3 Ways Bad Feelings are Misleading

Be angry and do not sin. Ephesians 4:26

“Our theology gets really bad when we’re suffering.” – Ken Logan

When I first heard that statement a few weeks ago, it got me thinking about the basic emotions associated with suffering, usually anger or sadness, and what the bible says about them.

Be angry and do not sin. Ephesians 4:26

Cognitive psychologist Aaron Beck said that we learn that certain beliefs seem true in certain situations. When those situations happened, they would trigger a belief, which would trigger a thought, which would trigger behavior. His words for this chain were a bit different, but you get the idea.

Beck’s chain reaction could lead to a good or bad result depending on whether or not there were “thinking errors” in the belief stage. Thinking errors put a false filter on what we see in the world. They convince us of a false reality.

Even though I have frequently used this model with clients, one of its basic flaws is a risk of denying the validity of bad feelings. If we take Beck’s idea to it’s extreme, we shouldn’t have bad feelings because all bad feelings are due to thinking errors – which is a thinking error itself.

Be Angry and do not Sin

Here is what one verse from the bible says about bad feelings (Ephesians 4:26):

  1. “Be angry” Have your bad feeling. Hold it. Steam in it. Stew in it.
  2. “and do not sin;” While you’re holding your anger, steaming and stewing in it, don’t burn anyone else.
  3. “do not let the sun go down on your anger,” You have to cool down at some point, the sooner the better.
  4.  “and give no opportunity to the devil.” The longer you steam and stew, the greater the likelihood you’ll burn someone.
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Be angry and do not sin. Be sad and do not sin. Feel bad and do not sin. Easier said than done.

Bad Feelings are Not Inherently Bad

It is legitimate to feel angry or sad in times of suffering. Pretending that we are not hurt would lead to denying the reality that something bad has happened. If someone has hurt you, or life has you cornered, your anger and sadness are legitimate – you really do feel that way. It’s not a thinking error.

You feel bad because something wrong happened. It is not wrong to feel bad. Don’t feel guilty for being sad or angry.

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Believing it is bad to feel sad or mad leads to false guilt. That false guilt misleads us about God, ourselves, and others.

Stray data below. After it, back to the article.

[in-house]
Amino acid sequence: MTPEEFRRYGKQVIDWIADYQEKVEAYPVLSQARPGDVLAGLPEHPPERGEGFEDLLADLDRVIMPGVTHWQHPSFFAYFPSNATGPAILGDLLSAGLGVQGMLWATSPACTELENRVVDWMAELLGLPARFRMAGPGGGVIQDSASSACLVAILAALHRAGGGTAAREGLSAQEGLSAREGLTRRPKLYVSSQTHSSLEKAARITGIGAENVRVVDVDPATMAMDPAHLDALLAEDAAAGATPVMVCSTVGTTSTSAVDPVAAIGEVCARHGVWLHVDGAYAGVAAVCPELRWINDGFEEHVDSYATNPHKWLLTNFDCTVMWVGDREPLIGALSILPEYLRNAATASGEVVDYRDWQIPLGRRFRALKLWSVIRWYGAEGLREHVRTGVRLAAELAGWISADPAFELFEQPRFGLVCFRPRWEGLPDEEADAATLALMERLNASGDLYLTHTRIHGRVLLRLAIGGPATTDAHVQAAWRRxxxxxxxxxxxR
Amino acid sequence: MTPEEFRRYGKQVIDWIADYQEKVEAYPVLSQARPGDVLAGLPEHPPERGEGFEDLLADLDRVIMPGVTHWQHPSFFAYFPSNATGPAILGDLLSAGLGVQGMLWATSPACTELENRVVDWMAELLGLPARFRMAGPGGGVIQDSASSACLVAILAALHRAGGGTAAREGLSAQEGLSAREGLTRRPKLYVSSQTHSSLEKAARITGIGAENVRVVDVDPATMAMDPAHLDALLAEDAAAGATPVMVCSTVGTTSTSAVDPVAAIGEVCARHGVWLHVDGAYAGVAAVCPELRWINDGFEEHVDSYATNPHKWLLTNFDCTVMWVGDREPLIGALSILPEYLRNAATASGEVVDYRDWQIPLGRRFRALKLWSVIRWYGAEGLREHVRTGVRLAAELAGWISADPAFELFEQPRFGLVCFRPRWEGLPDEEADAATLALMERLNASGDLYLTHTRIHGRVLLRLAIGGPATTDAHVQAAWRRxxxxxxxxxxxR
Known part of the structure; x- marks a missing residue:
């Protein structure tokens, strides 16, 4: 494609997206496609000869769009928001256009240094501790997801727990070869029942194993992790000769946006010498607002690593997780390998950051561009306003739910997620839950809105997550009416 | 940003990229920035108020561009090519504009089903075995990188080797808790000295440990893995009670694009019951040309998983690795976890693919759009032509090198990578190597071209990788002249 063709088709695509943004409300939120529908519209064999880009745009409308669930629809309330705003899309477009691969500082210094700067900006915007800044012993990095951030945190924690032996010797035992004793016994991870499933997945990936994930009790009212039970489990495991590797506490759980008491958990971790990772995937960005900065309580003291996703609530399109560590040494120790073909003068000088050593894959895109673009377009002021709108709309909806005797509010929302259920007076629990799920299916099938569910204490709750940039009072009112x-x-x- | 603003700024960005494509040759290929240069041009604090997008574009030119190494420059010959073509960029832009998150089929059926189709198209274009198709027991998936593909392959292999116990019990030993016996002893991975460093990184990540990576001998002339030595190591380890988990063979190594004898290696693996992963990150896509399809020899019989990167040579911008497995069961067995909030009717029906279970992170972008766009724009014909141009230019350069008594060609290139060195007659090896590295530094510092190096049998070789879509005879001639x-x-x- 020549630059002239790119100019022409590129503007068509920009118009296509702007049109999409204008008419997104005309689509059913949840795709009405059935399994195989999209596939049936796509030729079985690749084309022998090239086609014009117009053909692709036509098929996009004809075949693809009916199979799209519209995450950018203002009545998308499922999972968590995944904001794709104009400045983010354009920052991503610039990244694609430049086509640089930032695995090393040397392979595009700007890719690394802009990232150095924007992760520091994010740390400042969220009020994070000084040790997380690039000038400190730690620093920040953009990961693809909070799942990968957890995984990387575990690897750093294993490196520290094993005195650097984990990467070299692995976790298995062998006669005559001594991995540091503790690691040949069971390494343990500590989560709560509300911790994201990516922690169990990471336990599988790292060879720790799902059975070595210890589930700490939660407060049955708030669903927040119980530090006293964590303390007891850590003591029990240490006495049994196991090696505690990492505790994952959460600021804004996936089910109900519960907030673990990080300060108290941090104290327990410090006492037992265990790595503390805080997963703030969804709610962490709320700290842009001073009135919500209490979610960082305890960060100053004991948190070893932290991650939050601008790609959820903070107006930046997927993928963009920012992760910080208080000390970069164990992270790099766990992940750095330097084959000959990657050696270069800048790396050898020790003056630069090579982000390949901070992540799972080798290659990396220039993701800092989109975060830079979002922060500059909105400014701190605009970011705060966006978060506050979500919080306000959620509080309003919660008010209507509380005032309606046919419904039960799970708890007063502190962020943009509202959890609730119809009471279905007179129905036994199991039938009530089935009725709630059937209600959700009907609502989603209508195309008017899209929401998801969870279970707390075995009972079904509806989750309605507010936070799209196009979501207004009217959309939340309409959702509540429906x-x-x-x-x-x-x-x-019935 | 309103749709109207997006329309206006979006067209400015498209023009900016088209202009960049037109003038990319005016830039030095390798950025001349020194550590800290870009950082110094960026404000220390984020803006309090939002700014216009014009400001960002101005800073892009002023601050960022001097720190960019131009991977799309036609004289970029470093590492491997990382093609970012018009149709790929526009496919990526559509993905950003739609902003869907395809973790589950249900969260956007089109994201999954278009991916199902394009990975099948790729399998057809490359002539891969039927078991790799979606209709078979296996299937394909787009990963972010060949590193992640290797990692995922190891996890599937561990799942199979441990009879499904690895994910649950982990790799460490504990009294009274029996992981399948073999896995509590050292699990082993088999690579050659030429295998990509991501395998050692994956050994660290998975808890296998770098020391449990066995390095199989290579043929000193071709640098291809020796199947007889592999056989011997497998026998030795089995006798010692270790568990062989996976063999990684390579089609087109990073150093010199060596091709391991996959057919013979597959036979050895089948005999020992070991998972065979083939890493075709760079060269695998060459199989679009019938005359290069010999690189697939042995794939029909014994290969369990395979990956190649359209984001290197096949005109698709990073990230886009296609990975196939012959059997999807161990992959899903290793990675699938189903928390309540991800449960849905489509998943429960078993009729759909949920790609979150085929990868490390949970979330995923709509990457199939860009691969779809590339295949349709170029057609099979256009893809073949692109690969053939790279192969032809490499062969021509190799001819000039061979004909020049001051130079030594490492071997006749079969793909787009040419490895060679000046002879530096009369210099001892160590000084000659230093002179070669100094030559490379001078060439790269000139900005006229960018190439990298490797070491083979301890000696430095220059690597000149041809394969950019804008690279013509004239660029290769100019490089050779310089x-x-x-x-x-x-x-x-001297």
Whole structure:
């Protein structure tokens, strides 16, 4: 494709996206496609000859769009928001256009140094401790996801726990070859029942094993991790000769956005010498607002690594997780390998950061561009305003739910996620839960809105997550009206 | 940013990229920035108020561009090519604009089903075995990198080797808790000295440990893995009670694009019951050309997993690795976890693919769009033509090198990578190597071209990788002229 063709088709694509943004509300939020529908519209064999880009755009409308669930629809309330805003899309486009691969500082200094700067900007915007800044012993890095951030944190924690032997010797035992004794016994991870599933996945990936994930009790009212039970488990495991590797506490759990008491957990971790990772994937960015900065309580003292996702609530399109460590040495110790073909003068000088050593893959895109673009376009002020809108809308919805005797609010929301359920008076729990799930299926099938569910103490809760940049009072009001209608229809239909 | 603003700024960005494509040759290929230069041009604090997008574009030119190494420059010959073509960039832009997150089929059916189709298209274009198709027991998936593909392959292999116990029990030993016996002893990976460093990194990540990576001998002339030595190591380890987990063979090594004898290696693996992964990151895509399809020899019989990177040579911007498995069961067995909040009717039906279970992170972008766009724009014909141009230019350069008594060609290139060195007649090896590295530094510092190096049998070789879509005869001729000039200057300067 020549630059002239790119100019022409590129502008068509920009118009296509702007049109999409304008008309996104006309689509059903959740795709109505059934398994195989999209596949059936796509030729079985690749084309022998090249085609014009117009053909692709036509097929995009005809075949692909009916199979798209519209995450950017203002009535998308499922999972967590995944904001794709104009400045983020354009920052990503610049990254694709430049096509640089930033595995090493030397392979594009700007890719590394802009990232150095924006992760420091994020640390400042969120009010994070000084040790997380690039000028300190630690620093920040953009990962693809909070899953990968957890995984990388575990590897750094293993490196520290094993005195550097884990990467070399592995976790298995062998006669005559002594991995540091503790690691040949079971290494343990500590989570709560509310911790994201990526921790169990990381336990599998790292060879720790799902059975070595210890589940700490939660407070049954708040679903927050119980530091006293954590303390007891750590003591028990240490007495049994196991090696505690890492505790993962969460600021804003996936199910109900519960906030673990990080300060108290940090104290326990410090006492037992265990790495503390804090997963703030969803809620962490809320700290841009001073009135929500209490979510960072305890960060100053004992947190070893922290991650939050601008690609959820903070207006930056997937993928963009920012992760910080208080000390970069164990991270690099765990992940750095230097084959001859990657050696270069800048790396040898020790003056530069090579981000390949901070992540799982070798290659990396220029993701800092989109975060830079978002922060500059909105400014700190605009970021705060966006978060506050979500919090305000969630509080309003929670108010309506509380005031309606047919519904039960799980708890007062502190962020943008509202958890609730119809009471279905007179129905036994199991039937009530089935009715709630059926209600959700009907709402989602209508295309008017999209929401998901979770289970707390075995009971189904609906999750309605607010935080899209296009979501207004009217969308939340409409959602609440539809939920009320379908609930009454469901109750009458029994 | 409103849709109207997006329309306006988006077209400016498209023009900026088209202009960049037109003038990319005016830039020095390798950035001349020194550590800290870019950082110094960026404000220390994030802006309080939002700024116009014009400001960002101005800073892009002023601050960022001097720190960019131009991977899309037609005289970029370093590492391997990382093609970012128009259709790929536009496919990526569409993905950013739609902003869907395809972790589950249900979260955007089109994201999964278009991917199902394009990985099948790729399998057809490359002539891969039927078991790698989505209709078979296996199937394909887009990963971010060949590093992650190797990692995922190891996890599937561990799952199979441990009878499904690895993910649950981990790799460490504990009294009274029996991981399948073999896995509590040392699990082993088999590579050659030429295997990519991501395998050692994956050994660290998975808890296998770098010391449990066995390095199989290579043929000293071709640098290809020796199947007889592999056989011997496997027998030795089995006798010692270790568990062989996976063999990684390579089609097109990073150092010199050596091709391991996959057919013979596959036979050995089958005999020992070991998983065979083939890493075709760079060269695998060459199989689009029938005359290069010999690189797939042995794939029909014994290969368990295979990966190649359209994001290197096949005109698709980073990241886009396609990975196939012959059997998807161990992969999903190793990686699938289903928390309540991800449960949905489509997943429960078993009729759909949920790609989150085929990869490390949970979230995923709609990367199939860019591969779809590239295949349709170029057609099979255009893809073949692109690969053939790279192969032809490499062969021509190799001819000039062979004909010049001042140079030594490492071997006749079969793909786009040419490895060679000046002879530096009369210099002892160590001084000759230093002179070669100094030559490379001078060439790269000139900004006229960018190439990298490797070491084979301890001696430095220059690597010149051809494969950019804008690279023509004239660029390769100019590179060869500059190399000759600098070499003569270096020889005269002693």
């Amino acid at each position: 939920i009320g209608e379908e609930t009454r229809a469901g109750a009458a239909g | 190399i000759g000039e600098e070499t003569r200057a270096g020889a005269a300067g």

Bad Feelings are Contagious

The problem is not the bad feelings. The problem is the bad behavior that results from those feelings – and leads to more bad feelings for more people. As the saying goes: “hurt people hurt people.”

While we are only human to feel anger or sadness when we have been wronged. We dehumanize ourselves and others when we lash out. There are good uses for both sadness and anger, but they build up, they don’t tear down.

It’s easy to say not to hurt others while we’re suffering. It’s hard to practice. When we’re distracted by our own emotional bleeding, we don’t often have attention or energy for the sensitivities of others. We might even feel entitled to enact revenge, but that only continues the cycle.

Justifying bad behavior because of bad feelings cheapens the emotional value of those feelings. Seeking vengeance cheapens justice. Cheapening justice minimizes the ugliness of sin and suffering.

Bad Feelings Are Sticky

It’s ironic that neither anger or sadness are pleasant to feel, but they both bring relief from the pain that brought them on. What’s worse, the disease or the cure? Too much of either one is toxic in the long run.

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If it is hard to tear a band-aid away from a paper cut, how much harder is it to tear away anger or sadness from genuine suffering?

This is not to say that we should rush a responsible way of handling sadness or anger. It is to say we should start that process as soon as possible. The longer we go without starting that process, the greater the risk of hurting someone else out of our own pain.

Being mired in bad feelings for too long reduces both hope and initiative. Hope is what we need to turn to Christ. Initiative is what we need to take responsibility.

Add Your Voice (comment below)

Which one is hardest for you:

  1. Allowing yourself to feel anger or sadness?
  2. Self control while feeling anger or sadness?
  3. Letting go of anger or sadness?

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By Dan

Founder, Executive Director, Mental Health Counselor at Restored Life Counseling